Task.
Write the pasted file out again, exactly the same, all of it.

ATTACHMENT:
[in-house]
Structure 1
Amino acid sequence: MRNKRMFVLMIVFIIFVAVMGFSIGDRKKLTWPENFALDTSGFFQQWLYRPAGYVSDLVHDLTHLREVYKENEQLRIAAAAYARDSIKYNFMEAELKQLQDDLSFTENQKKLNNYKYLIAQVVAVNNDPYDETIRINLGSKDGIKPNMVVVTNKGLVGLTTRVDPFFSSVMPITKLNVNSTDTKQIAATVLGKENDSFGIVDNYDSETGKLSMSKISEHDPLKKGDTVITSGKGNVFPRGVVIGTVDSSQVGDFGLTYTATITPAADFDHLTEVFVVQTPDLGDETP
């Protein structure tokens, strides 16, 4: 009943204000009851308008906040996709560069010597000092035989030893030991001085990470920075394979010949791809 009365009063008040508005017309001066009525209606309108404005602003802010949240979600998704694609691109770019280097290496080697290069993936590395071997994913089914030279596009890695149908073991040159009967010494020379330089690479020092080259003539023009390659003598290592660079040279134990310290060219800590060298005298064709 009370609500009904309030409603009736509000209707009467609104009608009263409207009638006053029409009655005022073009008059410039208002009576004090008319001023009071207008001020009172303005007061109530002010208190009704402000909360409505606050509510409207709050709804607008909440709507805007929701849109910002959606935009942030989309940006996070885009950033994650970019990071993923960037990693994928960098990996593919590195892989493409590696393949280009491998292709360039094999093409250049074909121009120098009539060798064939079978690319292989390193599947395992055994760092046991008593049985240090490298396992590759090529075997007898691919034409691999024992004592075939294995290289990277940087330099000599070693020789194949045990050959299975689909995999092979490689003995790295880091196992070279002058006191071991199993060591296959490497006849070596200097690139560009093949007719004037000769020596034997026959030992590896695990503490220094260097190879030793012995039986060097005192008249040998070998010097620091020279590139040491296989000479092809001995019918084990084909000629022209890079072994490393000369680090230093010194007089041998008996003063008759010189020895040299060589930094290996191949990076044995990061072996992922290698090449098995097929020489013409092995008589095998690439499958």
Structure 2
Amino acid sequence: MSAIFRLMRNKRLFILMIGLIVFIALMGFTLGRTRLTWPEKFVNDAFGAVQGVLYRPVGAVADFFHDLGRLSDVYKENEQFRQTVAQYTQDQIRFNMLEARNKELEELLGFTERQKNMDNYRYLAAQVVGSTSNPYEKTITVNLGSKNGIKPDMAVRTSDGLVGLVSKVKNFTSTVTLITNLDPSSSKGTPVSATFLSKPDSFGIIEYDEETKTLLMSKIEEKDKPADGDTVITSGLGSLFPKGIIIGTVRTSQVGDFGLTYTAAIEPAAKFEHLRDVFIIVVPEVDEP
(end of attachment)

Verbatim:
[in-house]
Structure 1
Amino acid sequence: MRNKRMFVLMIVFIIFVAVMGFSIGDRKKLTWPENFALDTSGFFQQWLYRPAGYVSDLVHDLTHLREVYKENEQLRIAAAAYARDSIKYNFMEAELKQLQDDLSFTENQKKLNNYKYLIAQVVAVNNDPYDETIRINLGSKDGIKPNMVVVTNKGLVGLTTRVDPFFSSVMPITKLNVNSTDTKQIAATVLGKENDSFGIVDNYDSETGKLSMSKISEHDPLKKGDTVITSGKGNVFPRGVVIGTVDSSQVGDFGLTYTATITPAADFDHLTEVFVVQTPDLGDETP
């Protein structure tokens, strides 16, 4: 009943204000009851308008906040996709560069010597000092035989030893030991001085990470920075394979010949791809 009365009063008040508005017309001066009525209606309108404005602003802010949240979600998704694609691109770019280097290496080697290069993936590395071997994913089914030279596009890695149908073991040159009967010494020379330089690479020092080259003539023009390659003598290592660079040279134990310290060219800590060298005298064709 009370609500009904309030409603009736509000209707009467609104009608009263409207009638006053029409009655005022073009008059410039208002009576004090008319001023009071207008001020009172303005007061109530002010208190009704402000909360409505606050509510409207709050709804607008909440709507805007929701849109910002959606935009942030989309940006996070885009950033994650970019990071993923960037990693994928960098990996593919590195892989493409590696393949280009491998292709360039094999093409250049074909121009120098009539060798064939079978690319292989390193599947395992055994760092046991008593049985240090490298396992590759090529075997007898691919034409691999024992004592075939294995290289990277940087330099000599070693020789194949045990050959299975689909995999092979490689003995790295880091196992070279002058006191071991199993060591296959490497006849070596200097690139560009093949007719004037000769020596034997026959030992590896695990503490220094260097190879030793012995039986060097005192008249040998070998010097620091020279590139040491296989000479092809001995019918084990084909000629022209890079072994490393000369680090230093010194007089041998008996003063008759010189020895040299060589930094290996191949990076044995990061072996992922290698090449098995097929020489013409092995008589095998690439499958």
Structure 2
Amino acid sequence: MSAIFRLMRNKRLFILMIGLIVFIALMGFTLGRTRLTWPEKFVNDAFGAVQGVLYRPVGAVADFFHDLGRLSDVYKENEQFRQTVAQYTQDQIRFNMLEARNKELEELLGFTERQKNMDNYRYLAAQVVGSTSNPYEKTITVNLGSKNGIKPDMAVRTSDGLVGLVSKVKNFTSTVTLITNLDPSSSKGTPVSATFLSKPDSFGIIEYDEETKTLLMSKIEEKDKPADGDTVITSGLGSLFPKGIIIGTVRTSQVGDFGLTYTAAIEPAAKFEHLRDVFIIVVPEVDEP